Eduard van Beinum and the Cleveland Orchestra – Ravel, Berlioz – Forgotten Records

by | Mar 30, 2024 | Classical CD Reviews, Classical Reissue Reviews | 0 comments

WEBER: Der Freischütz Ouverture; RAVEL: Rapsodie espagnole;  BERLIOZ: Symphonie fantastique – Cleveland Orchestra/ Eduard van Beinum – Forgotten Records FR 2229 (74:50) [] *****:

“An interpretation is only good if one does not notice the interpreter.” This aesthetic dictum posed by Dutch conductor Eduard van Beinum (1900-1959) stands in sharp contrast to the manner of his notable predecessor at the Concertgebouw Orchestra of Amsterdam, Willem Mengelberg (1871-1951), who had led the orchestra for 50 years, 1895-1945, as the most virtuosic ensemble in Europe. Mengelberg’s methods and dictatorial perfectionism spoke to the eminence of artistic ego, whose Romantic philosophy Beinum rejected out of hand. A violinist who had risen through the ranks, even serving as Principal Conductor from 1938, Beinum viewed his post as primus inter pares, another musician merely chosen to direct the musical program. Mengelberg’s unfortunate sympathies during the Nazi occupation in Holland had him summarily dismissed in 1945, a ban to last seven years, which Mengelberg’s death obviated for any future.  

Beinum established a congenial, relaxed atmosphere among his musicians, although his penchants for speed and clarity of line could be associated with the “school” of Toscanini and Boult. This “live” document from Forgotten Records captures Beinum’s appearance (22 December 1955) with the American ensemble he favored, the Cleveland Orchestra, whose discipline had been honed by another manic perfectionist, Hungarian conductor George Szell. Beinum opens with a blazing rendition of the Overture to Weber’s 1821 opera Der Freischütz, new the extensive discography offered on the 44-CD set from Decca. The level of orchestral response captures us immediately, from the hazy gloom of the forest to the energetic outburst of occult passion, wherein the Cleveland woodwinds and horns deliver incisive, roundly sonorous interjections and narrative riffs. The frenzied coda quite sweeps the Cleveland audience into appreciative raptures. 

Beinum had recorded Ravel’s 1908 Rapsodie espagnole in 1946 for Decca, the outer movements of which receive here broader tempos, while the interior movements, the “Malagueña” and “Habanera,” proceed in virtually the same, sonic space. Ravel’s cultured, refined sense of Iberian color finds capable realization in Cleveland, mixing a warm panoply of mysterious and erotic effects, imitative of folk rhythms and modal harmonies, mostly variants of A. The descending sequence that opens the suite reappears in the “Feria” conclusion, having shed its drowsy, repressed sensuality for an open bacchanalia in spirited, 6/8 C Major. The orchestra players themselves seem to savor the individual color their colleagues invoke, and the music swells to a grand, bravura display of controlled, kaleidoscopic wizardry.

The final work on the program, the 1830 “program” Symphonie fantasqique,” had twice received Beinum’s documented attention, in 1946 and 1951, respectively, but neither prior reading proves so broad an interpretation as the one here in Cleveland. The frenetic whims of the young man’s lovelorn obsession for the beloved, his idée fixe, becomes, in the course of the first movement, Réveries, a gripping, torrential narrative, perversely compelling. The sheer propulsion of effects, whistling in haunted ecstasies in piccolo, pizzicato strings, and thumping timpani, leave us already exhausted even before the ball begins in movement two. This movement, introduced by muted strings and harps, pulses with eerie life in swirling 3/8, careening into the very arms of love-in-death, as the fatal dies irae intrudes into the festivities.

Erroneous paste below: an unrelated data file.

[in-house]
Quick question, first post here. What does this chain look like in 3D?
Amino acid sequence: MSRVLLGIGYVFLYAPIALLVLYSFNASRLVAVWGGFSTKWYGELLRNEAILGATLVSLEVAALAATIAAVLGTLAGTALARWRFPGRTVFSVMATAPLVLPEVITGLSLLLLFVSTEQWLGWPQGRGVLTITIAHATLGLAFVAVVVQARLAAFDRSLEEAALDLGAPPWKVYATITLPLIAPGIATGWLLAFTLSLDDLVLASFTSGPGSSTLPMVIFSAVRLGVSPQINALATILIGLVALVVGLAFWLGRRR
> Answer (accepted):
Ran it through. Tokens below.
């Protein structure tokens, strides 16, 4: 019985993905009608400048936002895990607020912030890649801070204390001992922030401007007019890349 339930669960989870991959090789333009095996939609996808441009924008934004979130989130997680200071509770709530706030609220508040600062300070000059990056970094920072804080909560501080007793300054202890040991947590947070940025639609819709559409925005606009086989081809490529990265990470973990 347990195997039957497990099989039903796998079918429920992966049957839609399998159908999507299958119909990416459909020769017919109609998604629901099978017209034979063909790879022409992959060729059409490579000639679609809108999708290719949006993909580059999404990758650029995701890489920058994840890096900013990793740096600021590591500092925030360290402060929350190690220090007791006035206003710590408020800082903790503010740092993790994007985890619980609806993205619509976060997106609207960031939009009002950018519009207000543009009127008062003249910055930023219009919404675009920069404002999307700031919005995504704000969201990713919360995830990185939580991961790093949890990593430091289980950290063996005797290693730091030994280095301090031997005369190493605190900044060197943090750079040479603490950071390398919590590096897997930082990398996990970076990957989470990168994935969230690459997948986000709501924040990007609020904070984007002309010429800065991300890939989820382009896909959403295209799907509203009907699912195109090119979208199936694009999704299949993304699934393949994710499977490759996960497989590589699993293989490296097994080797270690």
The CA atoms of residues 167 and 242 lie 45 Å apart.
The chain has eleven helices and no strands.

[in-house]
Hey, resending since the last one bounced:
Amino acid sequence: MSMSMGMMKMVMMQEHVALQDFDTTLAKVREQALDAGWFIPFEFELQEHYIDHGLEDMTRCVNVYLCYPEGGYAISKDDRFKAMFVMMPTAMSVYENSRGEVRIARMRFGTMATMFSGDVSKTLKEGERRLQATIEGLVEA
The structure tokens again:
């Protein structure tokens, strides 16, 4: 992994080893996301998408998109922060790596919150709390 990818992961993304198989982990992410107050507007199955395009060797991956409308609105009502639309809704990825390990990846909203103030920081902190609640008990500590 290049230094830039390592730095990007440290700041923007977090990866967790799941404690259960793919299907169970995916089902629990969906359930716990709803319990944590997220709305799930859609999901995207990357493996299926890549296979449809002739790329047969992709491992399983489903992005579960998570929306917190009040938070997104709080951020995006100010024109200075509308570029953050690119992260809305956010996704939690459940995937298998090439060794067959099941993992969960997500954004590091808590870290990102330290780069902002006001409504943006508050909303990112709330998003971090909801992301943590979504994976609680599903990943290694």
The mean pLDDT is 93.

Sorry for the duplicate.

The third movement Adagio owes much to Beethoven’s Pastoral Symphony for its F major, 6/8 meditations in Nature, as a balm to a distressed heart. The dialogue of English horn and oboe over tremolo strings sets another uneasy tone for the young man’s inconsolable feelings, though the pantheism of the moment manages, in the magnificent string work, to alleviate his lonely suffering, moving into stratified counterpoint, until the beloved’s menace asserts itself once more, the oboe and flute presaging the mortal storm imminent in the four timpani. The fourth movement, a nightmare conception that serves as an analogy to moments in Poe, has the Cleveland Orchestra inflamed, especially after the strings receive the sextuplet impulse from the timpani. The elements of cruel irony infest the subsequent march, the horns and bass winds cat-calling the doomed protagonist. This aggressive Allegretto provides a brash, malicious scherzo, soon bustling in whiplash gallops similar to the ride to the abyss in The Damnation of Faust. The sound of the chopping guillotine and the pizzicato imitation of the severed head’s bouncing into the basket complete the vision of self-annihilation. 

Beinum luxuriates in the malice of the Witches Sabbath, moving from its dire Largo to an impish 6/8 for the nasty juxtaposition of the idée fixe and the dies irae, the ultimate commentary on the futility of the conceit of love and death. Despite the thickness of the Berlioz counterpoint, the clarity of perverse interjections and goads to the purity of Love’s original intentions, the paced momentum builds to an unbearable intensity to destroy the last remnants of the artist’s faith. The epic, final clash of the Cleveland Orchestra cymbals, however, restores in the audience an unbridled belief in their guest conductor.  

—Gary Lemco

More information through Forgotten Records

Album Cover for Eduard van Beinum conducts Cleveland Orchestra

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